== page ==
“The problem, though, is most businesses fail to take adequate measures to protect those lists, so they adequate measures to protect those lists, so they fall into the public domain,” Riebling adds. ”Common examples of adequate measures to maintain secrecy of customer lists in clued using employee non-disclosure agreements, limiting employee access to the list, marking the list “confidential” and covering the customer list issue in employee hiring and exit interviews.”

 Another avenue that affords some protection to client information is state law governing employee conduct “Under the common law of most states employees and agents have a fiduciary duty to act in the best interests of their employers and principals, and not to engage in self-dealing while on the job,” he explains. Taking client information is a breach of this duty, he notes.

“The third avenue is state law governing contracts. All employees, agents, or consultants should sign non-disclosure agreements acknowledging that client information belongs to the salon. And therein agree not to disclose such information outside the salon. They should further agree not to use such information to compete with the salon.” If an employee who has signed such a contract takes client information with her when she leaves, he adds, he can be liable for breach of contract.

It’s important to note that these laws protect more than the actual client protect more than the actual client cards or computer records. Employees cannot legally records. Employees cannot legally solicit business cards from clients, create their own duplicate set of records form the salon, or copy the salons’s information onto their own paper. ”If you solicit information from the client, it’s being obtained in the scope of your employment,” Riebling says.” To legally obtain the information, you’d have to collect it independently from publicly available sources.”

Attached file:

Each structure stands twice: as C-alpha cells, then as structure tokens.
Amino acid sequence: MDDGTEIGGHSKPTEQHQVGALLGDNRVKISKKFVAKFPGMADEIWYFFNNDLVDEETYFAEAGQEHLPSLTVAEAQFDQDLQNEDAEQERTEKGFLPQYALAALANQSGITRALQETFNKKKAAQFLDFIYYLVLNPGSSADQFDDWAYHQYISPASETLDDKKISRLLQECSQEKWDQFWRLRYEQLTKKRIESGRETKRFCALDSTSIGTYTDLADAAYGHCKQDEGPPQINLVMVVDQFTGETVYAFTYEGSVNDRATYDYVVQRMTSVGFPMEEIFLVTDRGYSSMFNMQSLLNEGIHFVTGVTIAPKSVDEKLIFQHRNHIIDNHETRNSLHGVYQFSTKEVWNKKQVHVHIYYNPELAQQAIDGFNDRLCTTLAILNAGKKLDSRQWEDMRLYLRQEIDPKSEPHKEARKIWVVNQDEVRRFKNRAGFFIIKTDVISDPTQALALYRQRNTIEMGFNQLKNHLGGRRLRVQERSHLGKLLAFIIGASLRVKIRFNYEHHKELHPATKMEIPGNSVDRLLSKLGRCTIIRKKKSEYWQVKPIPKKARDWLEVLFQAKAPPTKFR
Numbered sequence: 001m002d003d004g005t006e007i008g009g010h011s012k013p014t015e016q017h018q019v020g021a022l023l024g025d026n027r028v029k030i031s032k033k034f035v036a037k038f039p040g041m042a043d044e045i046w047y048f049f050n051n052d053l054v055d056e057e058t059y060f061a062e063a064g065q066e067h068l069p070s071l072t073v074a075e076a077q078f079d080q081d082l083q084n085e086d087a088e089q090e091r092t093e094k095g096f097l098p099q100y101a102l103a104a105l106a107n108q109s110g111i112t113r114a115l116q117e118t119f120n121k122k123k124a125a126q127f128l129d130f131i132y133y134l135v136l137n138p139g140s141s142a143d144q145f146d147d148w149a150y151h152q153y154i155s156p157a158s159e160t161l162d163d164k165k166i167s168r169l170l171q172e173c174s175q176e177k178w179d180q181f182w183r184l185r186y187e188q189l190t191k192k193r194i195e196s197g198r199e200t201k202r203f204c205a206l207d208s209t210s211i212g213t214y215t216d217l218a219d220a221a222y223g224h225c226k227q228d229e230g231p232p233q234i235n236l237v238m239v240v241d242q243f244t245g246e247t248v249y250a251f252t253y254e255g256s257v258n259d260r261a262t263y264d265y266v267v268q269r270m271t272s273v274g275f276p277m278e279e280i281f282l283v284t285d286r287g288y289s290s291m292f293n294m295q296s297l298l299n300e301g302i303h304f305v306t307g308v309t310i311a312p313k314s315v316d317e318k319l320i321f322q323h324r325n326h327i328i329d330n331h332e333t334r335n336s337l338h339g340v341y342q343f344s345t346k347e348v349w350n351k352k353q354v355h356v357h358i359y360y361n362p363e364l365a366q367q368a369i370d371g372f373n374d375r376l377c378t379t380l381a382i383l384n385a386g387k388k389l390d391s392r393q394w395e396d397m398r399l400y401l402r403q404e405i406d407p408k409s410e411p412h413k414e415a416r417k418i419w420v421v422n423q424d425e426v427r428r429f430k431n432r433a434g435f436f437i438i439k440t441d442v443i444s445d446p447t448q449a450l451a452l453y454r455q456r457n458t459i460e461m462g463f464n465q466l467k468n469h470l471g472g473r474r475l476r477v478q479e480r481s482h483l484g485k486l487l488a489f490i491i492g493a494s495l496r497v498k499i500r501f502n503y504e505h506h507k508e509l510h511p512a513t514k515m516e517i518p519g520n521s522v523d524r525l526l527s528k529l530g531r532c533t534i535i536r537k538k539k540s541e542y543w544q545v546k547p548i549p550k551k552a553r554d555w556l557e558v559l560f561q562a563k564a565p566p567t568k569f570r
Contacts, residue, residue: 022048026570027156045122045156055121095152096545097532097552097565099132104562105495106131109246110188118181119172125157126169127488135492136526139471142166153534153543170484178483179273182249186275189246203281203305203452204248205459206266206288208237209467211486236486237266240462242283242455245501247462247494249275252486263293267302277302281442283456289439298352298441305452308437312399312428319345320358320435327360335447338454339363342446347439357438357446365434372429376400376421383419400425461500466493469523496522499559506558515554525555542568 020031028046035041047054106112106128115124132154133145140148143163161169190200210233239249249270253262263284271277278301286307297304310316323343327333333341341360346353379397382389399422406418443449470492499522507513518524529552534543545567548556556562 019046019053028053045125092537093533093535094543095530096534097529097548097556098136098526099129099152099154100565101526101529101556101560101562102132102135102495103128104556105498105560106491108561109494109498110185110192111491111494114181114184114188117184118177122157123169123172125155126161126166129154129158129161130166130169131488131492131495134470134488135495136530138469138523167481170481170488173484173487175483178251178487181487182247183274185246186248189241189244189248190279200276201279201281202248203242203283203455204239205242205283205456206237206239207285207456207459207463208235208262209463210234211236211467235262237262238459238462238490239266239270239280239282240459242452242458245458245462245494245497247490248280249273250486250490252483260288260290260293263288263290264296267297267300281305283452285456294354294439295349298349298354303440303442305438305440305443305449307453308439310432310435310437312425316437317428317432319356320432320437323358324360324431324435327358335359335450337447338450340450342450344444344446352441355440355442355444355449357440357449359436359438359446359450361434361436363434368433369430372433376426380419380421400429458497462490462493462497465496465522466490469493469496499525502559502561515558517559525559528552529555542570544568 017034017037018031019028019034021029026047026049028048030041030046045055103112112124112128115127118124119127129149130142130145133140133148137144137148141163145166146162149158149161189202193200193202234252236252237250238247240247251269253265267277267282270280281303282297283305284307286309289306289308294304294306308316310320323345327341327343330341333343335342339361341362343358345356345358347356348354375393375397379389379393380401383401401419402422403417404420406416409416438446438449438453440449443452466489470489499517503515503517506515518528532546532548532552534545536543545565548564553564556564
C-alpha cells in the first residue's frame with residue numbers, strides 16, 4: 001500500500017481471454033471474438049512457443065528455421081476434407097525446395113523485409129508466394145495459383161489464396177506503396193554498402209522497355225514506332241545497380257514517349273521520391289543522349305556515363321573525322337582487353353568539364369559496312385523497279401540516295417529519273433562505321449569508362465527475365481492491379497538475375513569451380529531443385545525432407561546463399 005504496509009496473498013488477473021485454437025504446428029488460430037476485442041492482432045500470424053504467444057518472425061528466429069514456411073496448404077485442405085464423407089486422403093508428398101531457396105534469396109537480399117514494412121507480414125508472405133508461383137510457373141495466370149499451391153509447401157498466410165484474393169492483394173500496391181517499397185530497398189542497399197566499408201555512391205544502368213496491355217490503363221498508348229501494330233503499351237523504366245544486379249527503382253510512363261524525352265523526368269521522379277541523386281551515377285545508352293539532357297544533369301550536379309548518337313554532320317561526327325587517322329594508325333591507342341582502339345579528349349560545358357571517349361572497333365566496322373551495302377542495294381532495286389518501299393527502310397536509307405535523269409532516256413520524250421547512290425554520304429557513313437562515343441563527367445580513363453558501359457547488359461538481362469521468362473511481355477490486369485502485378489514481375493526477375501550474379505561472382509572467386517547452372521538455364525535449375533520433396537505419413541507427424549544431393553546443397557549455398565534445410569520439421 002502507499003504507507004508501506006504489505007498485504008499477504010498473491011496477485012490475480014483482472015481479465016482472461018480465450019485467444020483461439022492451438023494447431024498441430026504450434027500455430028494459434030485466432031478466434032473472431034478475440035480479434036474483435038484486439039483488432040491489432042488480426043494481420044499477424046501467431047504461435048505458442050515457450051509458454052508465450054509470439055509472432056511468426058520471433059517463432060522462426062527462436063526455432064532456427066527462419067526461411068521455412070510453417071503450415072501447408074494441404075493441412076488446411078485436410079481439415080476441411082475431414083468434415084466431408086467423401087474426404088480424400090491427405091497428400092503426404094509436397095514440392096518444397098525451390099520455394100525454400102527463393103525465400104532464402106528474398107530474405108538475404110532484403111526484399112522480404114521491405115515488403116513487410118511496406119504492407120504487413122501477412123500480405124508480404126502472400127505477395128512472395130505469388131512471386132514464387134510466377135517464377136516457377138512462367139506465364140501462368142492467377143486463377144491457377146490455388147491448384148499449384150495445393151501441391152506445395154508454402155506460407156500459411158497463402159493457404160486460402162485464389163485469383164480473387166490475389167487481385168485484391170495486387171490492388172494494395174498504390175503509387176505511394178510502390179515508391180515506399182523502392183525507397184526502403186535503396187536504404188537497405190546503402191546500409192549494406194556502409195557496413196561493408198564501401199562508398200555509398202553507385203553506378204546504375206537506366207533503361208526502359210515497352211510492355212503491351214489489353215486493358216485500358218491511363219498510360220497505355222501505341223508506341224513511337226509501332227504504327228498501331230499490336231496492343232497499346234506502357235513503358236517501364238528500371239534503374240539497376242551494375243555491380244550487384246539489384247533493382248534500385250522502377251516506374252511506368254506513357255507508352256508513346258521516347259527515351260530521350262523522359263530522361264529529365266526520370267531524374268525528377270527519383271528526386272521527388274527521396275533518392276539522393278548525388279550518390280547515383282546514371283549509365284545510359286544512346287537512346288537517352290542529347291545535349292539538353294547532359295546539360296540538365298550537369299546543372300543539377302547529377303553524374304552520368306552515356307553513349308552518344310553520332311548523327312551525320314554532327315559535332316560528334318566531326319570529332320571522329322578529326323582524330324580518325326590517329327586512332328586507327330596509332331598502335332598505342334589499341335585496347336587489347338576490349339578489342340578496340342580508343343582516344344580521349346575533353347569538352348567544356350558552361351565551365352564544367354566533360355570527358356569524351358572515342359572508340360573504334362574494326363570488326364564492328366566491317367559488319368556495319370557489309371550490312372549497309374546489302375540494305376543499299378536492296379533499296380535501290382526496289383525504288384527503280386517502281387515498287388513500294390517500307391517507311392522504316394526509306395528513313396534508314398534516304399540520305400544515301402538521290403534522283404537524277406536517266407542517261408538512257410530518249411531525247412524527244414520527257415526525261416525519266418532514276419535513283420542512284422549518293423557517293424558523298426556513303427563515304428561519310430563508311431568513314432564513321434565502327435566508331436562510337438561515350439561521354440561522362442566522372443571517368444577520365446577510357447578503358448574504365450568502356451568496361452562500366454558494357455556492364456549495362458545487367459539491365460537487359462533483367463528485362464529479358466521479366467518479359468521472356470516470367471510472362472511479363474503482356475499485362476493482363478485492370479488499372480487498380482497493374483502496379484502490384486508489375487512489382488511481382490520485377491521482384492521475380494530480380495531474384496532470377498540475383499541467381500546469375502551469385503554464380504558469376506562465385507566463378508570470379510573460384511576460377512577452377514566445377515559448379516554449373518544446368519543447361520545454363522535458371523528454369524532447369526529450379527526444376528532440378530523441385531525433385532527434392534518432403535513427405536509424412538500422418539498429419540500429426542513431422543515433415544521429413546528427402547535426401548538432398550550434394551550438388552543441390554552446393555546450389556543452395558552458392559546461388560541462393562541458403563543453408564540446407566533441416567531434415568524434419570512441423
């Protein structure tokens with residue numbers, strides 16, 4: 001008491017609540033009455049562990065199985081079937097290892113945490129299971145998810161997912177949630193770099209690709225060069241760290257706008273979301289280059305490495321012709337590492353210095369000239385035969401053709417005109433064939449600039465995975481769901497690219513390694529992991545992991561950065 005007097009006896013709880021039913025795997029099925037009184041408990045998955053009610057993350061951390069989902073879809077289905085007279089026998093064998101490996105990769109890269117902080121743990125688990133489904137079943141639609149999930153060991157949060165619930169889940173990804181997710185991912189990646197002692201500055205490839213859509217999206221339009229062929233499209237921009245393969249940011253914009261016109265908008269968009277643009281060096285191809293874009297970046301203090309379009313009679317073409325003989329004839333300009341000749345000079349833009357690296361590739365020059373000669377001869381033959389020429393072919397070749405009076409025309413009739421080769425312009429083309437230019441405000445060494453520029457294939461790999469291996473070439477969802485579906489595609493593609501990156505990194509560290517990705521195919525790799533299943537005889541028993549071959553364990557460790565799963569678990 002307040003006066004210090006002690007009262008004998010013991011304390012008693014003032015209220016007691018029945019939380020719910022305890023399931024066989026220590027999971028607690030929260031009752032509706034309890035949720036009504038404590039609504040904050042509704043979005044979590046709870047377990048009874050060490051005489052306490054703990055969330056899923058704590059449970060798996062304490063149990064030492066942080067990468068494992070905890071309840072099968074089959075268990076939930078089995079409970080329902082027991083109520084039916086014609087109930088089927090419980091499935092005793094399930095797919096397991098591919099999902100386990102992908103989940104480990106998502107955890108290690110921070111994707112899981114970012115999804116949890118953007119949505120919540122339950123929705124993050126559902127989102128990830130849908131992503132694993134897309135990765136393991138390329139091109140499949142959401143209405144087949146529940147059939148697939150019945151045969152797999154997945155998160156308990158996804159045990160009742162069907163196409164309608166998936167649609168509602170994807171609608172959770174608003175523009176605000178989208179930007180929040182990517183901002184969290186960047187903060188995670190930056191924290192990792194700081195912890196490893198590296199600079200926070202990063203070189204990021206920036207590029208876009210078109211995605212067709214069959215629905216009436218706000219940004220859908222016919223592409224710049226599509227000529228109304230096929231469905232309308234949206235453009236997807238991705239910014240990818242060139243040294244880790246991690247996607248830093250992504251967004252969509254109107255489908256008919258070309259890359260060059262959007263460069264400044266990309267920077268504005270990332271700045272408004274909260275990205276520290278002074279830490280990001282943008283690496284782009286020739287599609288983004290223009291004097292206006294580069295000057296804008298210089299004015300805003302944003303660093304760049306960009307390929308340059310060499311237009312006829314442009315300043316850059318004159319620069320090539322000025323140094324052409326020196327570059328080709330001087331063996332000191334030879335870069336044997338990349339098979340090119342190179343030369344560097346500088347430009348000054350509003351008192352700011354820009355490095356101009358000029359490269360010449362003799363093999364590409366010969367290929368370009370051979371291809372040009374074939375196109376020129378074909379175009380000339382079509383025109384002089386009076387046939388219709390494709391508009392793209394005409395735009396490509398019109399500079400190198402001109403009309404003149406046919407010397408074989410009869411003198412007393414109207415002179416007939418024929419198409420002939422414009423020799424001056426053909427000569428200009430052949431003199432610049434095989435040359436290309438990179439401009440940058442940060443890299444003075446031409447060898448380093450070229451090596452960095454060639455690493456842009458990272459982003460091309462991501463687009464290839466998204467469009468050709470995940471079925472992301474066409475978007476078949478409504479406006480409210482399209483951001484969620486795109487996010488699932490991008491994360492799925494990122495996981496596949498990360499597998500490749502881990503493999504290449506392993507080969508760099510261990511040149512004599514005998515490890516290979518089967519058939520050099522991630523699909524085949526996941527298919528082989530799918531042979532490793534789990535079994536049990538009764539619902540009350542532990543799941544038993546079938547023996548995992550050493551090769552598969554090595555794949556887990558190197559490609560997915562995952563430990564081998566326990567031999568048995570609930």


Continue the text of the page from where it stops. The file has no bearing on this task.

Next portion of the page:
“She Was Mine First!”

Nail technicians with pre-existing clienteles, however, can take heart. If you leave a salon, no one can stop you from inviting your clients to accompany you, although you should clarify this point with the salon owner up front.

“The parties can and should always cover this issue during the hiring in interview and reach an agreement.” Riebling says.” Absent any discussion or agreement, I would say that once an employee contributes her existing clientele list to the salon, it becomes the property of the salon.”

By the same token, he continues, “If the employee later leaves the salon and if no agreement prohibits solicitation of the salon’s clients. She should be able to solicit those clients brought with her based on the pre-existing relationships that were created independent of the salon.”

What is murky is whether the salon can legally gather client information on an employee’s pre-existing clients. According to Riebling, the salon owner would have to show that adding that customer to then client list was unretared to the employee’s prior disclosure of the same customer. “In many cases this is a difficult buuden to meet,” he notes.

However, Joyce Hampers, an attorney as well as owner of Boston’s Giuliano salon and spa, disagrees. “I would think you can solicit their clients because once they’re seeing them on our time and overhead and show their history in our computer, then I can take the position that they belong to the salon as well,” she says.

Not that she would do so, she says. “I tell people who come here they if they can prove which clients they brought with them then they are entitled to take them when they leave.” She adds, “If you don’t make that exception you won’t get good, experienced people to come.”